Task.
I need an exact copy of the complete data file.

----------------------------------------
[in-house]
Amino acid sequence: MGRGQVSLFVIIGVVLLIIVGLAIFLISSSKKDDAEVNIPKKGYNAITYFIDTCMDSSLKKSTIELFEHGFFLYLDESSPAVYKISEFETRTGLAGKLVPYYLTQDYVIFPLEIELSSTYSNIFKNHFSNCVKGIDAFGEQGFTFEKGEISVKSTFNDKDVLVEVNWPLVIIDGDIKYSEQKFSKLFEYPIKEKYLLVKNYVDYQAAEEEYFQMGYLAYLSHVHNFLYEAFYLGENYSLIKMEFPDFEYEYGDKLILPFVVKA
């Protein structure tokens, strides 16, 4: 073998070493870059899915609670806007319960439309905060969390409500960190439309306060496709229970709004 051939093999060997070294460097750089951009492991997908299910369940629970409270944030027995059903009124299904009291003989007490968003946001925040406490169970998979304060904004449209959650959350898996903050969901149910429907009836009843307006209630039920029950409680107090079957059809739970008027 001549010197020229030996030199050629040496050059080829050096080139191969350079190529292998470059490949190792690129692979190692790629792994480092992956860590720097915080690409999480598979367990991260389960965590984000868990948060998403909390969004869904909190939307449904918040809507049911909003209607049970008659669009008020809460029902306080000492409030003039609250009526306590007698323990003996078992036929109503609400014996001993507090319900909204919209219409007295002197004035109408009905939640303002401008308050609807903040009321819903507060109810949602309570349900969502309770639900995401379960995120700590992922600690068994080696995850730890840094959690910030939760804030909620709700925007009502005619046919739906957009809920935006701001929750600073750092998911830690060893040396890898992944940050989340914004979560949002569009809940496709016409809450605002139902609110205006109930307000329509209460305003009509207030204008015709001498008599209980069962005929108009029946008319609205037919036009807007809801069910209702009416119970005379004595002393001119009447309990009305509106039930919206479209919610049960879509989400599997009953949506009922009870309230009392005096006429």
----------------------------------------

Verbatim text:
[in-house]
Amino acid sequence: MGRGQVSLFVIIGVVLLIIVGLAIFLISSSKKDDAEVNIPKKGYNAITYFIDTCMDSSLKKSTIELFEHGFFLYLDESSPAVYKISEFETRTGLAGKLVPYYLTQDYVIFPLEIELSSTYSNIFKNHFSNCVKGIDAFGEQGFTFEKGEISVKSTFNDKDVLVEVNWPLVIIDGDIKYSEQKFSKLFEYPIKEKYLLVKNYVDYQAAEEEYFQMGYLAYLSHVHNFLYEAFYLGENYSLIKMEFPDFEYEYGDKLILPFVVKA
């Protein structure tokens, strides 16, 4: 073998070493870059899915609670806007319960439309905060969390409500960190439309306060496709229970709004 051939093999060997070294460097750089951009492991997908299910369940629970409270944030027995059903009124299904009291003989007490968003946001925040406490169970998979304060904004449209959650959350898996903050969901149910429907009836009843307006209630039920029950409680107090079957059809739970008027 001549010197020229030996030199050629040496050059080829050096080139191969350079190529292998470059490949190792690129692979190692790629792994480092992956860590720097915080690409999480598979367990991260389960965590984000868990948060998403909390969004869904909190939307449904918040809507049911909003209607049970008659669009008020809460029902306080000492409030003039609250009526306590007698323990003996078992036929109503609400014996001993507090319900909204919209219409007295002197004035109408009905939640303002401008308050609807903040009321819903507060109810949602309570349900969502309770639900995401379960995120700590992922600690068994080696995850730890840094959690910030939760804030909620709700925007009502005619046919739906957009809920935006701001929750600073750092998911830690060893040396890898992944940050989340914004979560949002569009809940496709016409809450605002139902609110205006109930307000329509209460305003009509207030204008015709001498008599209980069962005929108009029946008319609205037919036009807007809801069910209702009416119970005379004595002393001119009447309990009305509106039930919206479209919610049960879509989400599997009953949506009922009870309230009392005096006429």